A year ago at this time, the NBA was gathered in Chicago for All-Star weekend and the Knicks, no surprise, were invisible. None of the players had come anywhere close to being named to the game. There was nobody in the slam-dunk contest, nobody in the 3-point contest.
The one bright light? RJ Barrett played for the World Team in the Rising Stars Challenge and scored a game-high 27 points. The flip side? His team lost 151-131 to Team USA. One more scoreboard-humbling in a season stuffed with them for the rookie.
The newspaper offered no solace. The Knicks were 17-38, the fifth-worst record in the 30-team league. They’d already fired a coach (David Fizdale), fired a president (Steve Mills), were days away from officially turning the keys to the castle over to a player agent (Leon Rose) who’d never spent a day in an NBA front office.
Villanova’s Jay Wright, thought to be a certain Rose target, had sent back a message through intermediaries seeking his thoughts on the job: “Not interested.”
Marc Berman’s report card in The Post was damning but also hard to argue with: Not one Knicks player earned a grade higher than a C-plus after the team’s focal point, Marcus Morris, had been shuttled out west. Julius Randle was given a C, and the Knicks fans who’d lately taken to booing him lustily at the Garden certainly weren’t going to argue.
An anonymous quote that, honestly, could have been attributed to any of a thousand different people, surfaced on Feb. 17, 2020, and seemed to serve as a valedictory for the state of affairs at Penn Plaza: “Dead-end franchise, dead-end job.”
And now it is Feb. 17, 2021.
And look, the Knicks have a game with the Magic on Wednesday night in Orlando, Fla., with a chance to get to .500, and that suddenly feels like the most important game the Knicks have played since Carmelo Anthony was fixing to slam one home in Indianapolis, before Roy Hibbert got his hand in the way (mostly because it is, truth be told; and that game happened almost eight years ago).
It has been a year that has felt like five — and only partly because most of us have been frozen in place since March. For the Knicks, the first year under Rose has gone about as well as anyone could expect. He brought on his wing man, William Wesley, and he started bulking up his front-office staff right away.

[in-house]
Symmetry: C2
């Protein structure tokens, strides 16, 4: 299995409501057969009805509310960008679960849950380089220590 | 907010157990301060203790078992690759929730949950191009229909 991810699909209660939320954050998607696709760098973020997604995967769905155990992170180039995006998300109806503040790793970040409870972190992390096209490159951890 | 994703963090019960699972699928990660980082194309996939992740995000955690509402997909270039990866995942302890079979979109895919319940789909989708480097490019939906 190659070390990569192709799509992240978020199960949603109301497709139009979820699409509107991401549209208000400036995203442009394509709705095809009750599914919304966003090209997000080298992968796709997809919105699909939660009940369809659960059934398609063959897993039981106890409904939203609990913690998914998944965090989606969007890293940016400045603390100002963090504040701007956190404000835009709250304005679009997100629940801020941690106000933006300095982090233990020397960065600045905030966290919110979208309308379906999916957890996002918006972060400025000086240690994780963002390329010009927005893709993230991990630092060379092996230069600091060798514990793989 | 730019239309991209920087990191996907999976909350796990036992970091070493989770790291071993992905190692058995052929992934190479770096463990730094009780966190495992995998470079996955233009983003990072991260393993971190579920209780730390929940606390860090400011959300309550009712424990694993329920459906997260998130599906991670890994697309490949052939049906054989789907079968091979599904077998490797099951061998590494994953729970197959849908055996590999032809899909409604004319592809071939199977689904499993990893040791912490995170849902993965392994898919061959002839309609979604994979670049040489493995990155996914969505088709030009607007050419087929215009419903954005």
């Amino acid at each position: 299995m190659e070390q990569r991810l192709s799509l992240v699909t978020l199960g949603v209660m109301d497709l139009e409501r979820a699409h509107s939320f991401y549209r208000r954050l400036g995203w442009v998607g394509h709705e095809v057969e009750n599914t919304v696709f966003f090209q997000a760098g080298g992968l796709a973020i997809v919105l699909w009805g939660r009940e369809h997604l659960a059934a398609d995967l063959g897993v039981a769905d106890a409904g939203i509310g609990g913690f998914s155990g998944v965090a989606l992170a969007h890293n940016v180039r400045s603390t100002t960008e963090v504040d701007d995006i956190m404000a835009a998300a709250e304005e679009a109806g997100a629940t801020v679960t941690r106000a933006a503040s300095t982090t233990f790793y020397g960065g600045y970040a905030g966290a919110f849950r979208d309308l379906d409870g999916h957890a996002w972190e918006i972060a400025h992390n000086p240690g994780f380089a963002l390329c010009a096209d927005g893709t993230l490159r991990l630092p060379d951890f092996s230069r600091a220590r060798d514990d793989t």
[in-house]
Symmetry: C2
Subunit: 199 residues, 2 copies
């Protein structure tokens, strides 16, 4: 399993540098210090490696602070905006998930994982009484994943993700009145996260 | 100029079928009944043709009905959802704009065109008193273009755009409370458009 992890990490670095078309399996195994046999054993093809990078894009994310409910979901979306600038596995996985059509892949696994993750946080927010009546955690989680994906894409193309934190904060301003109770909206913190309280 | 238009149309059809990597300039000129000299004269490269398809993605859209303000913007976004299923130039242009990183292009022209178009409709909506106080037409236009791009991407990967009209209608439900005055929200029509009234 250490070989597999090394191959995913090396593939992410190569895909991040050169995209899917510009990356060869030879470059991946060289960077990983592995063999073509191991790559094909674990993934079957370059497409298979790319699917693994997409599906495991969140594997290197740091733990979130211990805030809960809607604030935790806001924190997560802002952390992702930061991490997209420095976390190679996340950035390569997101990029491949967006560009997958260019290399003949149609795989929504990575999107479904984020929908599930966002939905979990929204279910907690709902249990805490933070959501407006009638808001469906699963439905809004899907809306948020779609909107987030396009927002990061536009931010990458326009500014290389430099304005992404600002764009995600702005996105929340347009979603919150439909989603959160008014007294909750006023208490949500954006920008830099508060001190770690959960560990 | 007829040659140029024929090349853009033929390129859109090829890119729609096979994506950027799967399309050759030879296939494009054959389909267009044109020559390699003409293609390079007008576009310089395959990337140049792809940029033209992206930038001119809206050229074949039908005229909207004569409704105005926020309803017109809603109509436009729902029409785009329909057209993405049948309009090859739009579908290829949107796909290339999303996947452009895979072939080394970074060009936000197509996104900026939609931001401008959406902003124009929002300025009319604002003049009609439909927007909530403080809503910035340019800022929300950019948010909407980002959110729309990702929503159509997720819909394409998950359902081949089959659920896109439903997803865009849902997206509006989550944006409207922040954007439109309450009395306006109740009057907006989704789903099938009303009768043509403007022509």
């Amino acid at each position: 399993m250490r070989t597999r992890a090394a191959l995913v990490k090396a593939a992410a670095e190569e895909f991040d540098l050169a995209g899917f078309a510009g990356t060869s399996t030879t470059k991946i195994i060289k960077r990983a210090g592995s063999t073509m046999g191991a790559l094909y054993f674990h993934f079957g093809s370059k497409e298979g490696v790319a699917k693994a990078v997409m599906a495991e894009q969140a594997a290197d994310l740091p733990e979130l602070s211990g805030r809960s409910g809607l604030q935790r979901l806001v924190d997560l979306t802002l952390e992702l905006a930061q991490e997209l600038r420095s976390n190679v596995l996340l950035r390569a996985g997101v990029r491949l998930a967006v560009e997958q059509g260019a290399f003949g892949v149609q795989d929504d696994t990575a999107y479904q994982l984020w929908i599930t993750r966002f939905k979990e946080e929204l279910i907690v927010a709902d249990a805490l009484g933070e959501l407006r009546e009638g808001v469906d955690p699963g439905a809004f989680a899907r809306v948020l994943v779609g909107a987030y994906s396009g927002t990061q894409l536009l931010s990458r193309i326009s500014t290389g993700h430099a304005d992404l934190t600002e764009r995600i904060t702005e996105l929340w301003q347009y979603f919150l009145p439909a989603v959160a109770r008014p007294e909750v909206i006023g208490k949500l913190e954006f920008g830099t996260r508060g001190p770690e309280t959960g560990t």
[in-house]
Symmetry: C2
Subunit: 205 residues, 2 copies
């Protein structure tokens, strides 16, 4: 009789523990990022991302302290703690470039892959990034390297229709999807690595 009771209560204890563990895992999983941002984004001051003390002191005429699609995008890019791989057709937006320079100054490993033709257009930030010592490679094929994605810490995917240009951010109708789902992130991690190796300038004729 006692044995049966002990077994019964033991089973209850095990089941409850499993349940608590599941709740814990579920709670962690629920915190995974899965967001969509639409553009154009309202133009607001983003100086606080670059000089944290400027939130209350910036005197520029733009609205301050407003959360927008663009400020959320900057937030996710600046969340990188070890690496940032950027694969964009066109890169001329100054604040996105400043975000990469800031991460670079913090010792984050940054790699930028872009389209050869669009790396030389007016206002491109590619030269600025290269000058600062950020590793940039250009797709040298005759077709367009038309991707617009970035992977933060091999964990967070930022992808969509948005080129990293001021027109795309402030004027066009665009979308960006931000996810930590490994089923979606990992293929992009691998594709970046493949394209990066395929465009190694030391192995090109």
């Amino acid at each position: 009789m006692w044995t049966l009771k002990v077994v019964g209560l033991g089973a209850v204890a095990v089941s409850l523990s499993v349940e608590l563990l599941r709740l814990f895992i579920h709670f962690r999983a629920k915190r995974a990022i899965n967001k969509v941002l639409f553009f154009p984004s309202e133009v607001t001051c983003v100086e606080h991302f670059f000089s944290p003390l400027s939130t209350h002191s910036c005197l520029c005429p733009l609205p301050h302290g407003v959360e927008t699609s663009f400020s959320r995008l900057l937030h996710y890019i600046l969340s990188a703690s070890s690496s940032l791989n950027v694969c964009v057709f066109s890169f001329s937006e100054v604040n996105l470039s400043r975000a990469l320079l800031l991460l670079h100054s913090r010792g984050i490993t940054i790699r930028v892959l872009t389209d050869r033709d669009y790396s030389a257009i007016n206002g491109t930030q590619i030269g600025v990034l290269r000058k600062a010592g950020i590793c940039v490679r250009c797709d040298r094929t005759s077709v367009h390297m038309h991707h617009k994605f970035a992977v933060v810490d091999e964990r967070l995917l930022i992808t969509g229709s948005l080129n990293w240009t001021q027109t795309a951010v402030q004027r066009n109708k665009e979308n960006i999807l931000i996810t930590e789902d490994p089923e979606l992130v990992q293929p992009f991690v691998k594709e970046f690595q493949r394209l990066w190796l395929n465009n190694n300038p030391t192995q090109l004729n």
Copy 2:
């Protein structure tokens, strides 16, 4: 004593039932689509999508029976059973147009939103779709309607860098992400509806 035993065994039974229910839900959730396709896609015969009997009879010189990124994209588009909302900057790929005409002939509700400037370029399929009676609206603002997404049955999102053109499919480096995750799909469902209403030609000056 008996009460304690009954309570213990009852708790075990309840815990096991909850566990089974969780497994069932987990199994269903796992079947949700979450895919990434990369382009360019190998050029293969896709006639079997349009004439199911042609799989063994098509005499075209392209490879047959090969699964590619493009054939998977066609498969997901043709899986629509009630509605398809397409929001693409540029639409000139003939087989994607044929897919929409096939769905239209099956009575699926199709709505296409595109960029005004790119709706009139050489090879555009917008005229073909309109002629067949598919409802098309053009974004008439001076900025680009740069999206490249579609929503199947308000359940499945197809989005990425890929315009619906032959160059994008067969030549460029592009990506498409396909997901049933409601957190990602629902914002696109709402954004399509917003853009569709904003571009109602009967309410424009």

He took his time hiring a coach, but when he did, he made the most universally acclaimed hire around the Knicks since Pat Riley 29 years earlier. There is little mystery to what Tom Thibodeau and a first-rate staff (notably Kenny Payne) have done — lighting fires under the players, elevating expectations among worn-down and beaten-up fans, demanding effort, demanding defense, demanding real victories, not moral ones.
The roster is still thin, certainly compared to the sport’s elite, but it works well together, especially in a year when the NBA’s middle class has never been so swollen. Randle, of course, is the fulcrum, having spent the extended offseason recommitting to his game then buying into Thibodeau’s system with the fervor of a religious convert. Barrett is improved. So is Elfrid Payton. Mitchell Robinson was blossoming before breaking his hand.
Rose’s additions haven’t all worked out — notably Austin Rivers — but he has more wins than losses. Immanuel Quickley may have been the steal of draft night (and for now helps mitigate the fact that choosing Obi Toppin over Tyrese Halburton looks like a short-sample whiff). Nerlens Noel has been a defensive revelation, Alec Burks a useful asset. The early returns on Derrick Rose are almost all favorable.
So far, so good.
The next step, whatever that step is, will be trickier. Rose was wise to avoid the offseason temptations of Russell Westbrook and Chris Paul, was lucky to be blown out of the water by the Hornets for Gordon Hayward, but there will have to be a next step. There are preliminary rumblings about Washington’s Bradley Beal and Chicago’s Zach LaVine, and it’ll take a haul to lure them — costing not only draft capital (of which there’s plenty, and which will eventually have to be used to lure a big fish) but also someone like Barrett, too.
That’s when Leon Rose’s job will really get interesting. Barrett has become a lightning-rod player, mostly because of where he was drafted (third) and who was picked before him (Zion Williamson and Ja Morant) — which is neither fair nor reflective of the fact that he is still but 20 years old, and has already proven to be a quick learner and eager to be coached. But there will be a cost for taking the next leap. It won’t come at any discount.
As Gordon Gekko once said: Rose has done good. But he has to keep doing good. For now, .500 is something of a holy land for the Knicks, but it won’t be that way forever. His instincts have been good. But they have to keep being good. It’s been a good year. The Knicks are winning some. Fans are embracing the Knicks again. Soon, they’ll want more.
How do you get them more, Leon?